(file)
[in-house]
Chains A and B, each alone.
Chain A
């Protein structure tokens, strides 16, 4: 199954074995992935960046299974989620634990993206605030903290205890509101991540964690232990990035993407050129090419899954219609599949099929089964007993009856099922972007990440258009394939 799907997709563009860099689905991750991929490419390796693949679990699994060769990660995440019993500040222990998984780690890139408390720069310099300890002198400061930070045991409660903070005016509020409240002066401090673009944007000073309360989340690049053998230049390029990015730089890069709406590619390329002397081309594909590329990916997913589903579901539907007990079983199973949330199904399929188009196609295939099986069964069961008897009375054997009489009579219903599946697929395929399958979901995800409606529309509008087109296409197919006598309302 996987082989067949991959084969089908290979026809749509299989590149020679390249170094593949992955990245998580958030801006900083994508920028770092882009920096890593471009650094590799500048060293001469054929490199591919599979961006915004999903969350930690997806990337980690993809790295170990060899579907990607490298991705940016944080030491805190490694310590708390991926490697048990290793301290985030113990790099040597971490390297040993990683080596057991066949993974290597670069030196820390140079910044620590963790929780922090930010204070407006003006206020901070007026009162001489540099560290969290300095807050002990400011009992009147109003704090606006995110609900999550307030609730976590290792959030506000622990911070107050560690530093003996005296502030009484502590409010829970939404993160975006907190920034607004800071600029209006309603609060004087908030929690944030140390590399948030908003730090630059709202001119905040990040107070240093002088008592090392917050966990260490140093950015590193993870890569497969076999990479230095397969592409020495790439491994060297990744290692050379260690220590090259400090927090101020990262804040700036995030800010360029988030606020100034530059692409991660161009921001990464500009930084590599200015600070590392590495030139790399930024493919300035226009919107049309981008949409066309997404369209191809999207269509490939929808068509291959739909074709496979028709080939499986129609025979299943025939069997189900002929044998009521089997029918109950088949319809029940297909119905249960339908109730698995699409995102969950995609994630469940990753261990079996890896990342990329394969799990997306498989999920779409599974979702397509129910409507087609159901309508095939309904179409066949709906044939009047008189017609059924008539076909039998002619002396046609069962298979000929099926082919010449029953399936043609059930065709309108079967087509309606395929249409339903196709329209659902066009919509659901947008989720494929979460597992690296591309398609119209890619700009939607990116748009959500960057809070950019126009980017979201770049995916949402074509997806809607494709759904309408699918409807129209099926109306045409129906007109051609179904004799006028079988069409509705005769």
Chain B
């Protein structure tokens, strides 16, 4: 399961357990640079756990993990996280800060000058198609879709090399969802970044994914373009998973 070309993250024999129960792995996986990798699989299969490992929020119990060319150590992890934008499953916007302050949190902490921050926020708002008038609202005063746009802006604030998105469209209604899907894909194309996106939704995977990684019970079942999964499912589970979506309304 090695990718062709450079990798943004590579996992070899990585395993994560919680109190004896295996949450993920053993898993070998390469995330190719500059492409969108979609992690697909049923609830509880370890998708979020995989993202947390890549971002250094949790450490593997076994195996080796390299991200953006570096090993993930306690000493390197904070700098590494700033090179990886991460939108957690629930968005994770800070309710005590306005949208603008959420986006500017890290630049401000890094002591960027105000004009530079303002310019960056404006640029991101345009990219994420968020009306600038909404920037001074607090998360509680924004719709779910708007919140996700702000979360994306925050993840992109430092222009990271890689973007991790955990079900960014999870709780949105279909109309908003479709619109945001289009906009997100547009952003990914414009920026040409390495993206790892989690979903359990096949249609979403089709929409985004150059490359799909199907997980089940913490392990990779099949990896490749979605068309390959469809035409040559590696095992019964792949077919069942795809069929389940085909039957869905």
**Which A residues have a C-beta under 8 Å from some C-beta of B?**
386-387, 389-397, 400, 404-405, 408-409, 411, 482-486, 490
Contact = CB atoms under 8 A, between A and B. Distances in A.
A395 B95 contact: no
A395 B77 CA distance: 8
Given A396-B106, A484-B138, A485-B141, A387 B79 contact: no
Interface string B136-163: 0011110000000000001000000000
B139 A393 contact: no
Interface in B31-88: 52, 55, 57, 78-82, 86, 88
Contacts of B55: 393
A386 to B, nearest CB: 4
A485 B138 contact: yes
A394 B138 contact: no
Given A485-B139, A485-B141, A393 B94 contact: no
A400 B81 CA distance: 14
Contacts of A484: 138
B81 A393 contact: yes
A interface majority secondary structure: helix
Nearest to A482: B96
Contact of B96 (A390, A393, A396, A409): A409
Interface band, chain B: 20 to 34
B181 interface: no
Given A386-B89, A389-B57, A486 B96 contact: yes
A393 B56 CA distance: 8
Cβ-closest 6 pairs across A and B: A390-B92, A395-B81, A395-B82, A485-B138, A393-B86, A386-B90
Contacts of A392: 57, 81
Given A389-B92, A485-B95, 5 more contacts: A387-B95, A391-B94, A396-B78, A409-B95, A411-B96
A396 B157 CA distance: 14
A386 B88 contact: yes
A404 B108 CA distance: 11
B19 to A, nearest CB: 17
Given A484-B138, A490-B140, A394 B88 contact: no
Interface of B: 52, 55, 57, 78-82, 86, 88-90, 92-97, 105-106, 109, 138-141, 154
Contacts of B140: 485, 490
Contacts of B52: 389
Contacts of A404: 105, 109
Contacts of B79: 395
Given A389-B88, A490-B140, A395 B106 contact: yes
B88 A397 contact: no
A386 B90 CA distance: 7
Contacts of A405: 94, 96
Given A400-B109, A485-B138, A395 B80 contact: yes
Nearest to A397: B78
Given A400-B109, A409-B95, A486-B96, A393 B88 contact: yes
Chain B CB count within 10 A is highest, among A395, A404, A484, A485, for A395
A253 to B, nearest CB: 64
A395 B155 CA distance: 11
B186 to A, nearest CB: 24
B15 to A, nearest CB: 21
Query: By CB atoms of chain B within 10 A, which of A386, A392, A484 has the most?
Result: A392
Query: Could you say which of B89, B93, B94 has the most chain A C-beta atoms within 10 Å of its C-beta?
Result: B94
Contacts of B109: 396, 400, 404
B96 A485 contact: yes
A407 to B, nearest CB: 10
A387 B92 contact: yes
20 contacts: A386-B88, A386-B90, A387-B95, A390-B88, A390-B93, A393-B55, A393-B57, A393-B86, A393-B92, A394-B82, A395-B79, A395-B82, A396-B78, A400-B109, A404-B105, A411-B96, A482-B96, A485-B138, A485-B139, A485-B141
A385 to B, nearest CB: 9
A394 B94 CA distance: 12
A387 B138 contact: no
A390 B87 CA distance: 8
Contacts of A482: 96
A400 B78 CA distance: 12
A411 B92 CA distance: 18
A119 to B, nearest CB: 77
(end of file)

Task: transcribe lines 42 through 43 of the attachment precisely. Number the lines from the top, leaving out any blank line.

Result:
Contacts of A404: 105, 109
Contacts of B79: 395